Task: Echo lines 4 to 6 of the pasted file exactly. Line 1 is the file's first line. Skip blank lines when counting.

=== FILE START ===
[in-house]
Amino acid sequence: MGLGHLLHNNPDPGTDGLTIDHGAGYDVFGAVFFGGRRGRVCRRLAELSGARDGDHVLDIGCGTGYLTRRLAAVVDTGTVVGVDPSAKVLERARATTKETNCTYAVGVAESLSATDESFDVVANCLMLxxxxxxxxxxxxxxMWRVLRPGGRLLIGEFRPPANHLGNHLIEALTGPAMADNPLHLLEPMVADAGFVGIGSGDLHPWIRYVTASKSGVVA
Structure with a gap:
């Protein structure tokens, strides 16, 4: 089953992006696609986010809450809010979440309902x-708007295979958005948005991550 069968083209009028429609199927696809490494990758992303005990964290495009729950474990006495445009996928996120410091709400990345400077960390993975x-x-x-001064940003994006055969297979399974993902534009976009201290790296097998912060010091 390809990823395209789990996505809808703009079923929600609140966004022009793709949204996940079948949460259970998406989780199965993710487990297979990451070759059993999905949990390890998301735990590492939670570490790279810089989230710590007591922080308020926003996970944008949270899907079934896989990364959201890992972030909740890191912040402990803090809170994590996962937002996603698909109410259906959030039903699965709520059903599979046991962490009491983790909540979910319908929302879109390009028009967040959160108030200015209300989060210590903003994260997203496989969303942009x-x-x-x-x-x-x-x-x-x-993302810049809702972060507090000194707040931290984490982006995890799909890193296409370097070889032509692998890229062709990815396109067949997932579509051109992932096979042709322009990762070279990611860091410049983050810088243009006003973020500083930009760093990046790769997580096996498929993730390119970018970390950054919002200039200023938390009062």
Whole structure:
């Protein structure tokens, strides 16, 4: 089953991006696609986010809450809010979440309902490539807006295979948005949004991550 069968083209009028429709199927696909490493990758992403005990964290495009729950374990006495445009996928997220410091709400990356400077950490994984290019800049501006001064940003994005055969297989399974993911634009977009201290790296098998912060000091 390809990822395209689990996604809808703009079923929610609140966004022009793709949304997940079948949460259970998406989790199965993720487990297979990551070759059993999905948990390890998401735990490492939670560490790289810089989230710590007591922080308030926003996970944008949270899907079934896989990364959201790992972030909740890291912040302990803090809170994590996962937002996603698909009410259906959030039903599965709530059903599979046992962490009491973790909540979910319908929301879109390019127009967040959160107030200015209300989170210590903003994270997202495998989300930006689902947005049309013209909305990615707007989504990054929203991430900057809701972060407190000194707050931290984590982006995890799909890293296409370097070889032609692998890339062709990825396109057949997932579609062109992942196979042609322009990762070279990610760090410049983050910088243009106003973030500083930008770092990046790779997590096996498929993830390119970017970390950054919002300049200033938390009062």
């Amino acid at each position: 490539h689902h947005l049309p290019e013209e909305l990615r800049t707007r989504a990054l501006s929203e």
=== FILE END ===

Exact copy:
């Protein structure tokens, strides 16, 4: 089953992006696609986010809450809010979440309902x-708007295979958005948005991550 069968083209009028429609199927696809490494990758992303005990964290495009729950474990006495445009996928996120410091709400990345400077960390993975x-x-x-001064940003994006055969297979399974993902534009976009201290790296097998912060010091 390809990823395209789990996505809808703009079923929600609140966004022009793709949204996940079948949460259970998406989780199965993710487990297979990451070759059993999905949990390890998301735990590492939670570490790279810089989230710590007591922080308020926003996970944008949270899907079934896989990364959201890992972030909740890191912040402990803090809170994590996962937002996603698909109410259906959030039903699965709520059903599979046991962490009491983790909540979910319908929302879109390009028009967040959160108030200015209300989060210590903003994260997203496989969303942009x-x-x-x-x-x-x-x-x-x-993302810049809702972060507090000194707040931290984490982006995890799909890193296409370097070889032509692998890229062709990815396109067949997932579509051109992932096979042709322009990762070279990611860091410049983050810088243009006003973020500083930009760093990046790769997580096996498929993730390119970018970390950054919002200039200023938390009062």
Whole structure:
């Protein structure tokens, strides 16, 4: 089953991006696609986010809450809010979440309902490539807006295979948005949004991550 069968083209009028429709199927696909490493990758992403005990964290495009729950374990006495445009996928997220410091709400990356400077950490994984290019800049501006001064940003994005055969297989399974993911634009977009201290790296098998912060000091 390809990822395209689990996604809808703009079923929610609140966004022009793709949304997940079948949460259970998406989790199965993720487990297979990551070759059993999905948990390890998401735990490492939670560490790289810089989230710590007591922080308030926003996970944008949270899907079934896989990364959201790992972030909740890291912040302990803090809170994590996962937002996603698909009410259906959030039903599965709530059903599979046992962490009491973790909540979910319908929301879109390019127009967040959160107030200015209300989170210590903003994270997202495998989300930006689902947005049309013209909305990615707007989504990054929203991430900057809701972060407190000194707050931290984590982006995890799909890293296409370097070889032609692998890339062709990825396109057949997932579609062109992942196979042609322009990762070279990610760090410049983050910088243009106003973030500083930008770092990046790779997590096996498929993830390119970017970390950054919002300049200033938390009062």